Yes, I had done the mile in eight minutes and five seconds. I was pleasantly surprised by the time but worried. I don’t want to jeopardize my recovery by doing something dumb. “Slow down,” I told myself as I walked back to the start for my second interval.
“OK, this time I will shoot for nine minutes per mile,” I thought. Again, the mile flew by. I had to check my watch after the third circuit because I actually lost count of the laps. “Was that the second or third lap?” I wondered. I often get lost in my thoughts as I run, even on the track, and forget where I am in the workout. Whenever I am not sure which lap I am on, it’s always the lower number. This time, however, it was indeed the higher number. That never happens. 8:34.
My grin stretched from ear to ear. Running felt so good I hated to quit. Sometimes I get carried away and do too much of a good thing.
I decided to do one last 400-meter lap to attempt an under-two-minutes time. I could always take an abbreviated shower, I reasoned. As I rounded the track one final time, my legs felt great, my stride felt natural, and I finished in 1:55.
As I stood under the shower in the locker room, I thought about my track workout. I was inordinately happy about the speed at which I had traveled around the track nine times. The quote by Kristen Armstrong came to mind and I was glad I had the courage to ask the question “Am I still able to do speedwork?”
Then another quote, this one from friend and training partner Neil came to mind: “Train to your weaknesses.”
No, I had to admit, I did not train to my weakness. If it comes to a choice between speedwork and a long run to build endurance, I will take the speedwork every time. Speed is my strength, not my weakness. This is not a tale of vindication and redemption; this is a story about perception and strength.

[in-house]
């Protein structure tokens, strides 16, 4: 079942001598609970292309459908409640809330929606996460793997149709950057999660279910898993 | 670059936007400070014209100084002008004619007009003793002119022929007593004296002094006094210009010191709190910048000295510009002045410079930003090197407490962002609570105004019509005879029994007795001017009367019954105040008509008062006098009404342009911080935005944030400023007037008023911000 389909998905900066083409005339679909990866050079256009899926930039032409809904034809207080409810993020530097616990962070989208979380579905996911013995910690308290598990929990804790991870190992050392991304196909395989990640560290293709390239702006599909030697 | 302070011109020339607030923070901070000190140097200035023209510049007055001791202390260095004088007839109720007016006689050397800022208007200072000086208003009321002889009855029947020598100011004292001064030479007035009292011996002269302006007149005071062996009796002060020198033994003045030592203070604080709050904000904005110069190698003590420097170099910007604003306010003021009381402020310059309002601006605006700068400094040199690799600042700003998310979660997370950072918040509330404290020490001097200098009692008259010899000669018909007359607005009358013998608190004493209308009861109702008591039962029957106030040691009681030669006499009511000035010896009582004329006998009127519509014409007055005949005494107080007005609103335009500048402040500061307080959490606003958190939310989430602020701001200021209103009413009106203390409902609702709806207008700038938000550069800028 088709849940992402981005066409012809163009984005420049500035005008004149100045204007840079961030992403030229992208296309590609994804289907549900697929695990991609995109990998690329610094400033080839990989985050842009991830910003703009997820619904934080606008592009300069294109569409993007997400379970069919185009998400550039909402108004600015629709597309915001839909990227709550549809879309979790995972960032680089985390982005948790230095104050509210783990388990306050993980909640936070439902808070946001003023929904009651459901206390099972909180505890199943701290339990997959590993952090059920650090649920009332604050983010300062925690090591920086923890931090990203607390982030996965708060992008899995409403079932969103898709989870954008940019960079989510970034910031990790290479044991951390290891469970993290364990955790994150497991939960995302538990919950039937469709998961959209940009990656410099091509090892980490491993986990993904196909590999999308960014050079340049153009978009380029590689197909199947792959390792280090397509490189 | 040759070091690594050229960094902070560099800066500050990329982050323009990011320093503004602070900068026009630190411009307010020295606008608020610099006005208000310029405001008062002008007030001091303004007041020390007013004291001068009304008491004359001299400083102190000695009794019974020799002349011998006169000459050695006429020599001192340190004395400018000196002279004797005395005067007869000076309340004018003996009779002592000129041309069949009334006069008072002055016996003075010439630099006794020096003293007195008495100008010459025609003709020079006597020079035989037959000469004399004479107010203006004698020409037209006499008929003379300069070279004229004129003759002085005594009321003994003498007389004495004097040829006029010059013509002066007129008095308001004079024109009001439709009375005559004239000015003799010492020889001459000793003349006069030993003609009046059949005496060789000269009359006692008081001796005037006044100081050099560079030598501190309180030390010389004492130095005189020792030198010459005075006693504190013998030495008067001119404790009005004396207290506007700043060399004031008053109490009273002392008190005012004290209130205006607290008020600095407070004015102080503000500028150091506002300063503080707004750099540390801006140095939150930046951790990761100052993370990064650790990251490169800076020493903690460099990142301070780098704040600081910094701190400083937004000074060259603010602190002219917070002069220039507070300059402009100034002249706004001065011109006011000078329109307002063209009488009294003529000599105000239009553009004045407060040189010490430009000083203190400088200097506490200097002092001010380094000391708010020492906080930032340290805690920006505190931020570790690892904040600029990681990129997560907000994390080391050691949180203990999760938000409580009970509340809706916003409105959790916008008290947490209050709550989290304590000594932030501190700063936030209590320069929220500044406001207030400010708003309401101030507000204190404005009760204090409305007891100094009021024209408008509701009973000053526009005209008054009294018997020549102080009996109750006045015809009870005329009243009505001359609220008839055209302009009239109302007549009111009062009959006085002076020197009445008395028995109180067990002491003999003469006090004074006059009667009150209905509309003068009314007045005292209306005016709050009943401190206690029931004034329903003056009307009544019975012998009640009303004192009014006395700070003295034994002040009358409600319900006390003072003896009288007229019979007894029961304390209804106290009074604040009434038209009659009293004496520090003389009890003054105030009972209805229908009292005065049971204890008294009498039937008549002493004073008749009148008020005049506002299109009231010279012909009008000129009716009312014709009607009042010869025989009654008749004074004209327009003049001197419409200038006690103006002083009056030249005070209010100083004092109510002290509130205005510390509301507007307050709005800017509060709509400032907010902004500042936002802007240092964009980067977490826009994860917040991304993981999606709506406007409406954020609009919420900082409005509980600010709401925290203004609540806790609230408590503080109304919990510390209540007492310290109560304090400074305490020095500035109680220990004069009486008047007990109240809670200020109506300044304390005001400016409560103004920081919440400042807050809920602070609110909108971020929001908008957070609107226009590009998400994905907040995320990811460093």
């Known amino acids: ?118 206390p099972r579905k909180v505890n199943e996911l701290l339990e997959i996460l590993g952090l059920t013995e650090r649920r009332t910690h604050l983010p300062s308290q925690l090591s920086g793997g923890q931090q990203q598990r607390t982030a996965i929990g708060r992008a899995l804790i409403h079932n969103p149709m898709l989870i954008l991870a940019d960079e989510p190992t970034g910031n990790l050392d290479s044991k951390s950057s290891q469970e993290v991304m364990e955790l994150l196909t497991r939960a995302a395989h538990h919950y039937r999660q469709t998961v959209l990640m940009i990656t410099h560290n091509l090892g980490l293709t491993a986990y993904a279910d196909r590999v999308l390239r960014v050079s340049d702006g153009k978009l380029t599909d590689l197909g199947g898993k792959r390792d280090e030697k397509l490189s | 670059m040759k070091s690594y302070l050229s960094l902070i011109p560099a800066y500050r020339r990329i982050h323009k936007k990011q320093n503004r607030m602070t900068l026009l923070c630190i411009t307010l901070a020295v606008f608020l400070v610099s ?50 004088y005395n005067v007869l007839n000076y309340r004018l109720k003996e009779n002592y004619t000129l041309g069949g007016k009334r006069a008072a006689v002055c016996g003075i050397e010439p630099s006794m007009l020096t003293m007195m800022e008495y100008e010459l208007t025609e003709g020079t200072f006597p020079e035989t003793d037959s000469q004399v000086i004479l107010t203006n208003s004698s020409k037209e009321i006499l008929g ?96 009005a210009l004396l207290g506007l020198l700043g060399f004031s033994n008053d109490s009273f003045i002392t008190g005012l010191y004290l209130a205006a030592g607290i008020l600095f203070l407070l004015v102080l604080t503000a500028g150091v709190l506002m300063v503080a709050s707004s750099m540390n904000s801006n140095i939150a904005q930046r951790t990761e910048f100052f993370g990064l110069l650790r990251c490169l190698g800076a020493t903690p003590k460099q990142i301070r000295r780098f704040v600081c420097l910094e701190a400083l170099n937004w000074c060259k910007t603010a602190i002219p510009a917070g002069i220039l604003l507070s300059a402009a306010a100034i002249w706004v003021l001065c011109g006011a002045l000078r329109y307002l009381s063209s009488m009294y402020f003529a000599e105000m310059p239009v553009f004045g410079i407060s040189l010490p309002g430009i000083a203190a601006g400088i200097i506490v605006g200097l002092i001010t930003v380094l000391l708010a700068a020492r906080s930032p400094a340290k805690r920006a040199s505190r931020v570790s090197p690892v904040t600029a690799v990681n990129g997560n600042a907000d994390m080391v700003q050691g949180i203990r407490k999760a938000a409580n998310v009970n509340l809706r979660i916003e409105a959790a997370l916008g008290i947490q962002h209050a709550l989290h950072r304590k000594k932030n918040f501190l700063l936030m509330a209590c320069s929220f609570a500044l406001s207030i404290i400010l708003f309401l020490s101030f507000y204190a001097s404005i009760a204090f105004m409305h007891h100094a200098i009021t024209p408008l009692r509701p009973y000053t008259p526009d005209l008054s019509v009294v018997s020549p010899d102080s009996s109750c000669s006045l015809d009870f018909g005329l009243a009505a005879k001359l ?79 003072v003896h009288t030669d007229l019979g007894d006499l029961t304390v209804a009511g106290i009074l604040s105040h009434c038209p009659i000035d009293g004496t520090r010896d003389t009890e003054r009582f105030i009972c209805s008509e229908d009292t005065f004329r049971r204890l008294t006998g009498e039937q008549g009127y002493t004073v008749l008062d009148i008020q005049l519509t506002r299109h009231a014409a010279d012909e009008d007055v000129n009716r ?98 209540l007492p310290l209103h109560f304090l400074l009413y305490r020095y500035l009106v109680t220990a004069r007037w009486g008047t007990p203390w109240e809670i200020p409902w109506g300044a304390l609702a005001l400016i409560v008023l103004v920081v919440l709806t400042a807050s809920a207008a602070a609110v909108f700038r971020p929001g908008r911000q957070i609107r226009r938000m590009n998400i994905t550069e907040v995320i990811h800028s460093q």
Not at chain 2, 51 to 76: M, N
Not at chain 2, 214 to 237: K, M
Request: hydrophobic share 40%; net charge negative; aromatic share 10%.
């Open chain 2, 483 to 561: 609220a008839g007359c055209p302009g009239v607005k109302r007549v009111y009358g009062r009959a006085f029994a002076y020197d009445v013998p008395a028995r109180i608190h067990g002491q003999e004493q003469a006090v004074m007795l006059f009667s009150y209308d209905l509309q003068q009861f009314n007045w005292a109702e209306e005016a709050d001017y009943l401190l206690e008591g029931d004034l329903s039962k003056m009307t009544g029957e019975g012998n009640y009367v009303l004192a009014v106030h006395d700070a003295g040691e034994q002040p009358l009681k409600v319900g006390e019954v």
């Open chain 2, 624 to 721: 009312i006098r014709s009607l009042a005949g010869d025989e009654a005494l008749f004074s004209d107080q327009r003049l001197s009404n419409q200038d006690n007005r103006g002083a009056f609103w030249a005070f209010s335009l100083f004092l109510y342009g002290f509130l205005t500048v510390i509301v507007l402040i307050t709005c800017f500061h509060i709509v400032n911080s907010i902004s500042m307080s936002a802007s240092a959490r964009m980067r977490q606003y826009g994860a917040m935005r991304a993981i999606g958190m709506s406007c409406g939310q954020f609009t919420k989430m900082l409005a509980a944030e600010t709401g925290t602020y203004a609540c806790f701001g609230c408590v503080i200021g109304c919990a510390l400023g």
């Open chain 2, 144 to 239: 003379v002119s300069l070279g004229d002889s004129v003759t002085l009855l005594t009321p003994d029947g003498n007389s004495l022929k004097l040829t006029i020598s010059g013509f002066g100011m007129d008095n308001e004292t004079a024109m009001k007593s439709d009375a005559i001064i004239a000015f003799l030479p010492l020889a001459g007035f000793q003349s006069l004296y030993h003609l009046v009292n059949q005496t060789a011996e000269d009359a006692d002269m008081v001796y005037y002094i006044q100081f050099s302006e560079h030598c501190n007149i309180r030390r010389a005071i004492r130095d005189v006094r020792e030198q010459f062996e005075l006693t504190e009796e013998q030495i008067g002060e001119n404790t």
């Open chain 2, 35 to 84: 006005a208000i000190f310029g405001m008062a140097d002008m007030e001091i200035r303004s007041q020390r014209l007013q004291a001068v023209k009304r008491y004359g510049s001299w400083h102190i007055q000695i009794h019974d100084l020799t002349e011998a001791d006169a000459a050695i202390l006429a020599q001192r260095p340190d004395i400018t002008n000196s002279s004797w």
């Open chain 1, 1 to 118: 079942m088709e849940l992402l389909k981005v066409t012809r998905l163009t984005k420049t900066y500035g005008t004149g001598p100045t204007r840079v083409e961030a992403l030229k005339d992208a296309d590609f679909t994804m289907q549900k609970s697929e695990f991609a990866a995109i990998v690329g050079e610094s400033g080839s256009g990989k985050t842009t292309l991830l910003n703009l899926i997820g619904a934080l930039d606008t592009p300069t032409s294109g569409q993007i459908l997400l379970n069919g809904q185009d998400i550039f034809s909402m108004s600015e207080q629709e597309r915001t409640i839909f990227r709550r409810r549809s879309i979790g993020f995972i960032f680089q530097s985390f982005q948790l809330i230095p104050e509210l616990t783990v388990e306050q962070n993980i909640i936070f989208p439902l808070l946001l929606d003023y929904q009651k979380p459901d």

Both quotes are valid, both are true. I had asked the wrong question. Yes, it takes courage to ask the question, but first, we must determine what the proper question is. In my case, the question about my ability to still do intervals is the easy question. A more relevant and difficult question is whether I have the ability to slowly and patiently build endurance.
This question cannot be answered in nine quick trips around the track, it will take months to answer as I add a slightly longer run each week and evaluate how my hamstring is behaving.
Having the courage to ask the question is important, but having the insight to ask the right question is paramount. In the coming months, I will focus on asking the correct question, the tough one, the one that takes patience, strength and nerve to answer.
How about you? What is the right question for you to ask of yourself?
I am linking up with Running on the Fly and Confessions of a Mother Runner for their Weekly Rundown, Jenn @ Runswithpugs, Brandi @ Funnerrunner, Anna Louise @ Graciouswarriorprincess, Briana @ Matsmilesmedals, Meghan @ Meghanonthemove, and Elizabeth @ Trainwithbainfor RIOTS(running is our therapy), Kooky Runner for Tuesday Topics, Esme Salon for Senior Salon, Random-osity for The Good, The Random, The Fun, Shank You Very Much for Dream Team and Global Blogging, The Ched Curtain for Say Cheese, Purposeful Faith for RaRa, Mary Geisen Tell His Story, Bethere2day for Wordless Wednesday on a Tuesday, and My Random Musings for Anything Goes.